• Test an e-course instead of a newsletter or a weekly update. Got a low opt-in rate? Try offering a free, emailed e-course and see if people aren’t more willing to sign up for that than for another newsletter. An e-course will also give you an opportunity to educate your prospective customers.
  • Use a pop-up.
  • Ask for as little information as possible in the opt-in box.

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7 Ways to Improve Email Subject Lines

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Subject lines are powerful elements of email campaigns. But that’s not really surprising. Subject lines are basically the headlines of an email message.

Headlines are something writers and editors agonize over, and for good reason. Copywriter coach Chris Marlow writes “tests have proven many times that the headline is responsible for at least 50 percent and as much as 75 percent of an ad’s success.” Some sources report that 35 percent of email subscribers will open an email based on the subject line alone, which almost seems low compared to the headline statistic.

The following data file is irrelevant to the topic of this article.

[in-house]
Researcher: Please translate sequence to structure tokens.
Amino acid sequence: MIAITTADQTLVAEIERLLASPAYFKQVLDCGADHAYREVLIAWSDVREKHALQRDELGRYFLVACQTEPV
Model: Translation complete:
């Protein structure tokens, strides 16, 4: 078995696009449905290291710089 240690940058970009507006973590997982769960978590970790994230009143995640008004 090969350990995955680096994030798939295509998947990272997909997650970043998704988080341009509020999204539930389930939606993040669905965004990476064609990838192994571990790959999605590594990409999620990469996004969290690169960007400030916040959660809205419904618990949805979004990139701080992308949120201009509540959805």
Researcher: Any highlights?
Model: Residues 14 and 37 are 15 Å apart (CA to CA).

Statistics aside, with so much riding on subject lines, it’s worthwhile review how to improve them. Here are seven ideas, in order of how well they’ve performed previously.

1. Use 6 to 10 Words

2. Personalization Is Worth the Effort

3. Use the Right Words

4. Use Calls-to-action

5. Be Specific

6. Capitalize Each Word

7. Limit Punctuation

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5 Easy Email Marketing A/B Tests

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Testing is one of the secrets to ecommerce success. But if you’re on a deadline or have limited resources, the pressure to get the email message done may outweigh all other concerns.